Civility Notification Statement

The Civility Notification statement (also included in the Master Course Syllabus Outline) is primarily for student notification and reads as follows: “If a student is asked to leave the classroom because of uncivil behavior, the student may not return to that class until the student arranges a conference with the instructor; it is the student’s responsibility to arrange for this conference.” This Civility Notification Statement is placed in the Course Syllabus of every course the college offers. If behavior is threatening or violent, the college police have jurisdiction and the college’s Discipline Code takes precedence.

Discipline and Penalties

In the case of incivility in the classroom, the college’s Incivility Protocol provides for removal of the uncivil student immediately from the classroom to maintain student/teacher integrity and essential pedagogical decorum. IF THE INCIDENT IS THREATENING OR VIOLENT, BLINN COLLEGE POLICE HAVE JURISDICTION AND SHOULD BE NOTIFIED IMMEDIATELY AND THE BLINN COLLEGE DISCIPLINE CODE TAKES PRECEDENCE. If the incident is one of common incivility, the student removed from class must arrange a conference with his or her instructor to discuss and resolve the problem resulting from the uncivil incident before being readmitted to the class.

Incivility Protocol

Level One

A student removed from class for uncivil behavior shall contact his or her instructor within two school days to make an appointment. (The instructor may request a third party be present if the instructor deems it necessary.) The incident must be resolved before the student may return to class. If there is no resolution, the process moves to appeal level two. (If the instructor is an assistant dean or department head, level two is bypassed). If the student fails to make an appointment with the instructor or does not appear for the appointment, the student will be dropped from the class.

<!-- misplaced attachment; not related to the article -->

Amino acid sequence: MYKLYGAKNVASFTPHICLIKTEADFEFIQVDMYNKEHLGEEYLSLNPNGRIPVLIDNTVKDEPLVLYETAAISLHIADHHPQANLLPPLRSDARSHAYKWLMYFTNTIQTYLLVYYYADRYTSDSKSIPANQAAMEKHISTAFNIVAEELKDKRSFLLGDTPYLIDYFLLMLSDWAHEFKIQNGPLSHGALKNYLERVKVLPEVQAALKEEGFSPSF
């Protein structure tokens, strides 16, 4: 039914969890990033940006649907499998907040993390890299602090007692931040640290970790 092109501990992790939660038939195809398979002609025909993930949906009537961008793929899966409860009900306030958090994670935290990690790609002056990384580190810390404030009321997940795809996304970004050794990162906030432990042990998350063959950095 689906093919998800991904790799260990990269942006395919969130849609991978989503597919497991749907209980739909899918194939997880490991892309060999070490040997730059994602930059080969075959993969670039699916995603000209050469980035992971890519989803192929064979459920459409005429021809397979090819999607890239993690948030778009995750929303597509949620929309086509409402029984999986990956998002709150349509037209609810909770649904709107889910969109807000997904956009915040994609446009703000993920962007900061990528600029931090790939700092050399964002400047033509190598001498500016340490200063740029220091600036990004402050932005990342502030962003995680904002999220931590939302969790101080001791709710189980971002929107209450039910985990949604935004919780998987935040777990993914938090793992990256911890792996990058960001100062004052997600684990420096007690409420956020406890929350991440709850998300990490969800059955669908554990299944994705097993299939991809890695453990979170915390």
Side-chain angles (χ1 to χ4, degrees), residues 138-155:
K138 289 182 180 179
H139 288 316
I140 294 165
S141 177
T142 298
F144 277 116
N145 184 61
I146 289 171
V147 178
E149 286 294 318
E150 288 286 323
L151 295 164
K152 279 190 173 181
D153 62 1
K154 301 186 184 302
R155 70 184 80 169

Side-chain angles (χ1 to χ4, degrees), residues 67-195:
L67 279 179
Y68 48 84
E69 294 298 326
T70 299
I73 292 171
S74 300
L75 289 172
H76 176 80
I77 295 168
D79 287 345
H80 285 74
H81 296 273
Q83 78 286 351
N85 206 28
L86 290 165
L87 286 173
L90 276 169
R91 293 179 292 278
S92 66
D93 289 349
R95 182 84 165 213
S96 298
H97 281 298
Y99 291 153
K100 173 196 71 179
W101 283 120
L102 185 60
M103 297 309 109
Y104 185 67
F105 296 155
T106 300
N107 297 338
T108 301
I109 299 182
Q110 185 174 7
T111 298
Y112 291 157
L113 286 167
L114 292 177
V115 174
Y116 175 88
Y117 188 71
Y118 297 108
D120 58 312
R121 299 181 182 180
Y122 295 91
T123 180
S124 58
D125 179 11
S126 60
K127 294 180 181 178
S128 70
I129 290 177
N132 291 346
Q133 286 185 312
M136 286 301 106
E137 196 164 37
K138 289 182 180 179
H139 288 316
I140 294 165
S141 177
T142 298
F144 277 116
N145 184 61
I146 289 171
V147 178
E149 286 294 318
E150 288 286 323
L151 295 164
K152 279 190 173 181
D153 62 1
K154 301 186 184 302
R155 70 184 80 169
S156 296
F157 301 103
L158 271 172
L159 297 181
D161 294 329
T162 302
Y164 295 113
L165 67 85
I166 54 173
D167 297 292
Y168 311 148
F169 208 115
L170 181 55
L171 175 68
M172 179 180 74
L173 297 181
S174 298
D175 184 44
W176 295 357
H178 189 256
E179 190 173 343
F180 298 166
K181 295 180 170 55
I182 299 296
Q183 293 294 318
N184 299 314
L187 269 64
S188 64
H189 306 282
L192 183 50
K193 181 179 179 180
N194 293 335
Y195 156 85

Level Two

If no resolution is reached at Level One, the student has two school days to make a written appeal to the dean or division designee. At this meeting, the student will meet with their dean or designee and the instructor. If there is resolution the student may return to class. If there is no resolution the process moves to appeal level three. If the student fails to make an appointment with the dean or division designee, or does not appear for the appointment, the student will be dropped from the class.

Level Three

At level three the student will have two school days to appeal to the respective dean. This dean will assemble and chair an appeals committee (or use a standing committee formed for this purpose) chosen by the Vice President of Student Services or his/her designee. This ad hoc committee will be composed of three instructors from three separate divisions, one of which must be from a technical area.

The Instructional Dean will notify in writing the student, the faculty member, and the Vice President of Student Services. The Instructional Dean shall submit to the committee copies of all written documentation obtained from the student and the faculty member and notify all members of the hearing date and location. If the student fails to make an appointment with the dean or does not appear for the appointment, the student will be dropped from the class.